FilmJerk Favorites

A group of unique directors and the essential works that you've got to see.

||| Henry Koster |||
Henry Koster

Although his name is not a household one, Koster is responsible for some of the most beloved and endearing films of the late studio system era.

This is a delightful comedy starring Cary Grant as a suave angel helping distraught bishop David Niven with a new cathedral and his wife's (Loretta Young) affections. This is a deftly handled comedy set within the religious world that never preaches, nor disrespects it’s subject matter - and Cary Grant ice skates!

Another comedy slash drama with religious overtones, that doesn’t stoop to pandering an opinion to its audience. Koster wisely allows this simple, but potently charming tale of two European nuns to unfold before our eyes as they come to New England and, guided by their faith and relentless determination, get a children's hospital built.

James Stewart stars as a good-hearted drunk whose constant companion is a six-foot, invisible rabbit named Harvey. In lesser, or heavier hands, this Broadway success may have suffered, but Koster allows Stewarts natural charm and audience appeal to be the fuel that runs this whacky engine.

Recommended by CarrieSpecht


Clea Duvall and Kadee Strickland Join “Grudge”; More Plot Details Uncovered

By ChrisFaile

January 15th, 2004

Clea Duvall ("Carnivàle," "Identity") and Kadee Strickland (a supporting player in "Something's Gotta Give" and "Anything Else") are the latest two actors to join the remake of Takashi Shimizu's Japanese-language horror film “The Grudge,” has learned. They will play the sisters Jennifer and Susan Williams, respectively; in addition, casting notices have since gone out for the role of their mother, as well as for three supporting roles. The production, which already has cast a pair of WB series veterans in Sarah Michelle Gellar and Jason Behr, is set to begin January 26 in Tokyo, Japan.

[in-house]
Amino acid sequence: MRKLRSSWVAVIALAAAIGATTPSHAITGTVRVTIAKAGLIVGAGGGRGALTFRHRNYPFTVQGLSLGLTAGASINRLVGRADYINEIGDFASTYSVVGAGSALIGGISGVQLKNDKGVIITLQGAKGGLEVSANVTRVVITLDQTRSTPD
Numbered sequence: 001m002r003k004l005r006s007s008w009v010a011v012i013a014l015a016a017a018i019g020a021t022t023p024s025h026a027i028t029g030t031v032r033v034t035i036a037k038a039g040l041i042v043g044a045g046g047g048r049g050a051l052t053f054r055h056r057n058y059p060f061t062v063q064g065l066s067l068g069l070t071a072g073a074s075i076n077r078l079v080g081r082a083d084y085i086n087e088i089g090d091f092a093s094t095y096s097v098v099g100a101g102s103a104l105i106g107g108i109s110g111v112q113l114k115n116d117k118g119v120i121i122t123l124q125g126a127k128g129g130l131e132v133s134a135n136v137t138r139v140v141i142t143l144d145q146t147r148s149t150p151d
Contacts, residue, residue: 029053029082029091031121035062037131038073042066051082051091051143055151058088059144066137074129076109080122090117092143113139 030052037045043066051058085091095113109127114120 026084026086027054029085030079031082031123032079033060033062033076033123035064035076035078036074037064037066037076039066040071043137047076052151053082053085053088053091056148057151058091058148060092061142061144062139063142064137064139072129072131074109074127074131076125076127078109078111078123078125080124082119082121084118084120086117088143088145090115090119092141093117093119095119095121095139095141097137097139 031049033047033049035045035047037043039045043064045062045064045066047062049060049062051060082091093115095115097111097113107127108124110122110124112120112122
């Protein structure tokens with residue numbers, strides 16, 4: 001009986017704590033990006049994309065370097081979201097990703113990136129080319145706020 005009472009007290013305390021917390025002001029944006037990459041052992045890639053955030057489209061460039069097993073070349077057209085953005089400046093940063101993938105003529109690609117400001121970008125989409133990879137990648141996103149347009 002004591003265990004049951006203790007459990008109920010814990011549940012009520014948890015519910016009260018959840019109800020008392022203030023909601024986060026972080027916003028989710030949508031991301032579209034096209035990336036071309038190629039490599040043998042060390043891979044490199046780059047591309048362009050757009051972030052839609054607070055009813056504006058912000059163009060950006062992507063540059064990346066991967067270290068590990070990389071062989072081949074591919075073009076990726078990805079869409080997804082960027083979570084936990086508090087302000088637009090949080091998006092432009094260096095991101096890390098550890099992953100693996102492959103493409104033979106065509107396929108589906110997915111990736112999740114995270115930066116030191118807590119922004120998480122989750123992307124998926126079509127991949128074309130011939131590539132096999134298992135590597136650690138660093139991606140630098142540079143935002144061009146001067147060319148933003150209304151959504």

Basing itself on plot elements from the films “Ju-on," “Ju-on: The Grudge” and "Ju-on: The Grudge 2," the film has been described as being about “a murderous supernatural curse, born from a grudge that is held by someone who dies angry. The curse passes like a virus to its victims.” Prior to this point, little else was known was about the plot, but casting documents, which we have obtained from sources, give further depth.

The role of Claire Williams, yet to be cast, is described as a Caucasian woman in her 60s and the mother of Matthew (also to be cast), Susan and Jennifer Williams. In the film, Claire comes with her son and daughter-in-law Jennifer to live in Tokyo. An old woman who never speaks, Claire feels overwhelming dread the moment she sets foot in their new house. After moving in, her health deteriorates, and she requires regular care. A mute witness to the deaths of Matthew, Jennifer, and her regular nurse Rika, Claire tries vainly to warn Karen (played by Gellar) when she shows up to take over Rika's job -- but she's too dazed and disoriented to communicate.

Also being cast are the crucial supporting roles of Maria, a breathtakingly beautiful and sensual Latin woman in her 30s, and Peter, an English teacher. At the start of the film, Maria is happily married to Peter, but – out of nowhere – Peter casually commits suicide, hurling himself out of a window to his death.

Three years later, Maria is working as a Japanese "hostess," and she has lost the purity viewers once saw in her at the beginning of the movie; she is obviously lost without Peter. She has succumbed to the hard life, with teased-up hair, heavy makeup, and short, tight, revealing clothes. Still embittered over the death of her husband and her descent into the world of sex workers, Maria is gruffly uncommunicative when Karen shows up to investigate Peter's death as part of “The Grudge” but she yields to nostalgia and looks through her old photos from the happy days of her courtship and marriage. Can she give Karen enough clues to the stop the supernatural curse?

Director Shimizu wrote and directed the original film and producers for the remake include “Spider-Man” director Sam Raimi. The screenplay for the new film is credited to Stephen Susco.

The Scorecard
Producers: Nathan Kahane, Rob Tapert, Sam Raimi, Taka Ichise, Doug Davison and Roy Lee
Director: Takashi Shimizu
Writer: Stephen Susco
Casting Directors: Nancy Nayor and Kelly Wagner
Start Date: January 26, 2004
Location: Tokyo, Japan
Production Company: Senator International, Ghost House Pictures and Vertigo Entertainment